National Health Goals

  • Reduction of Infant Mortality Rate (IMR) to 32 per 1000 live births by 2017
  • Reduction of Maternal Mortality Ratio (MMR) to 123 per 100,000 live births by 2017
  • Reduction of Total Fertility Rate (TFR) to 2.1 by 2017
  • Prevention and reduction of under-nutrition in children under 3 years to half of NFHS-3 (2005-2006) levels 27 per cent by 2017
  • Prevention and reduction of anemia among women aged 15-49 years to 28 percent by end of 2017
  • Raising child sex ratio in the 0-6 years age group from 914 to 950
  • Prevention and reduction of burden of communicable and non-communicable diseases (including mental illness) and injuries
  • Reduction of poor household’s out-of-pocket expenditure to 1.87 percent of GDP by the end of 2017
  • Reduce Tuberculosis annual incidence and mortality by half by the end of 2017
  • Reduce Leprosy prevalence to <1/10,000 population and incidence to zero in all districts by the end of 2017
  • Annual malaria incidence of <1/1,000 by the end of 2017
  • Microfilaria prevalence <1 percent in all districts by the end of 2017
  • Case fatality rate of Dengue <1 percent by the end of 2017
  • Containment of Chikungunya outbreaks by the end of 2017
  • Reduction in Japanese Encephalitis mortality by 30 percent by the end of 2017
  • Elimination of Kala-azar by 2015, that is <1 case per 10,000 population in all blocks
  • Reduce new infections of HIV/AIDS to zero and provide comprehensive care, support and treatment services to all who require it


Maternal Health

In any community, mothers and children constitute a priority group. In developing countries, they comprise approximately 71.14 per cent of the population. In India women of the child bearing age (15 to 44 years) constitute 22.2 per cent of the total population. Reproductive age group not only constitutes a large group, but they are also a vulnerable or special risk group.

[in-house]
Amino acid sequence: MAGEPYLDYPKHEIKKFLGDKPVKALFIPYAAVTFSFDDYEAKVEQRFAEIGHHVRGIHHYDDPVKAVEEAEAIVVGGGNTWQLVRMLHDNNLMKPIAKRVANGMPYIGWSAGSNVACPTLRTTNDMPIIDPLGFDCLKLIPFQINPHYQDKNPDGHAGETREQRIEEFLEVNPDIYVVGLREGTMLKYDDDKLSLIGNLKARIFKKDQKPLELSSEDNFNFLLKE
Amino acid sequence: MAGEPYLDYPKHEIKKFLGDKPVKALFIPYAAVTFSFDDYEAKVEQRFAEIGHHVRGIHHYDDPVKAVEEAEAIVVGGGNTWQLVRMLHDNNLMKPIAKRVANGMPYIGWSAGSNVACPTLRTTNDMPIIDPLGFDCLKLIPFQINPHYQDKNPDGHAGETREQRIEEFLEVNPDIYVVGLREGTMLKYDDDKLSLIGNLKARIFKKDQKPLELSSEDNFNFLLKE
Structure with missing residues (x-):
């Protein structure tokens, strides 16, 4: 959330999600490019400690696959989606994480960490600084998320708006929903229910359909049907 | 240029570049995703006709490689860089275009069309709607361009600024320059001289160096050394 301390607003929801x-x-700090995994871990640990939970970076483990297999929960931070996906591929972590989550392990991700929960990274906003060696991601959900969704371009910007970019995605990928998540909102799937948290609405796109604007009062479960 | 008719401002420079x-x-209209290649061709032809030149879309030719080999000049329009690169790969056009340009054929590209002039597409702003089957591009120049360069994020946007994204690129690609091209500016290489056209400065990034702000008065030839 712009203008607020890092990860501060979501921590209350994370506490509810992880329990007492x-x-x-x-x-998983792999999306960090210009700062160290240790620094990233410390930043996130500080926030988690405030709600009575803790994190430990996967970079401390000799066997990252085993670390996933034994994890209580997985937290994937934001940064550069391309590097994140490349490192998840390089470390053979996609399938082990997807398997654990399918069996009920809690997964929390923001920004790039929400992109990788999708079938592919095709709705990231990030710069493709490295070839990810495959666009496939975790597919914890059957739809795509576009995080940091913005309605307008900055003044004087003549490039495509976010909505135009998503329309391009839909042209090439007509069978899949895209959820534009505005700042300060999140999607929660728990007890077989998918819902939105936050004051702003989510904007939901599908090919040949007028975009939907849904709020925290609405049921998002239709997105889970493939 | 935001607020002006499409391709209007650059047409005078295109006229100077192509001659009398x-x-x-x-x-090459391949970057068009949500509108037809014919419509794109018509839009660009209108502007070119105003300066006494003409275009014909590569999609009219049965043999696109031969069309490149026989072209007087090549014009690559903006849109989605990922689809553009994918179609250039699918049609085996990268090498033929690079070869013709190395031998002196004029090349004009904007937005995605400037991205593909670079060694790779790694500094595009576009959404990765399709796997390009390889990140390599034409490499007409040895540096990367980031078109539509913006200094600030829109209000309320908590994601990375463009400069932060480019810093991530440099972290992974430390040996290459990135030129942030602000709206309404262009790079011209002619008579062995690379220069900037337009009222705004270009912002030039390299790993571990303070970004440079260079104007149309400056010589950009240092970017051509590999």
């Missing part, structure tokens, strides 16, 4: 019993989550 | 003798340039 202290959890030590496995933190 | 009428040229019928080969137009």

Globally, there were an estimated 2.89 million maternal deaths in 2013, equivalent to about 800 women dying each day. Among them almost 99% maternal deaths occur in developing countries. The maternal mortality ratio in developing countries in 2013 is 230 per 100 000 live births versus 16 per 100 000 live births in developed countries. There are large disparities between countries, with few countries having extremely high maternal mortality ratios around1000 per 100 000 live births. There are also large disparities within countries, between women with high and low income and between women living in rural and urban areas.

About one-third of the girls are married by the age of 15 and two-thirds by 18 resulting in teen age risky pregnancies. Every year in India, roughly 30 million women experience pregnancy and 27 millions have live births. Every year over 57,000 maternal deaths occur in the India and millions more suffer pregnancy related ill health.

India has the dubious distinction of having unacceptable very high maternal mortality and in some states like Assam, Bihar Uttar Pradesh and Rajasthan it is much higher. Rural areas experience high maternal mortality in comparison to urban areas.

Maternal Health Committee:

IAPSM, is committed towards development of Maternal Health within overall umbrella of Community Medicine Discipline. With the same objective, IAPSM has constituted various committees in subspecialties.

This committee is dedicated team working for special subspecialties Maternal within overall goal and objectives of IAPSM. Committee is responsible for

  • Facilitates National level Academic activities like National seminar, workshops, training programs etc. in specific subspecialties.
  • Carry out research, monitoring and evaluation of health programs/services in the sub speciality branches.
  • Develop the course, fellowship programs in subspecialties
  • Develop technical documents e.g. guidelines, training modules, educational literature etc.
  • Plan action project on capacity buildings, community intervention etc.
  • Any other activities in subspecialties, which are in line of goal and objectives of IAPSM.

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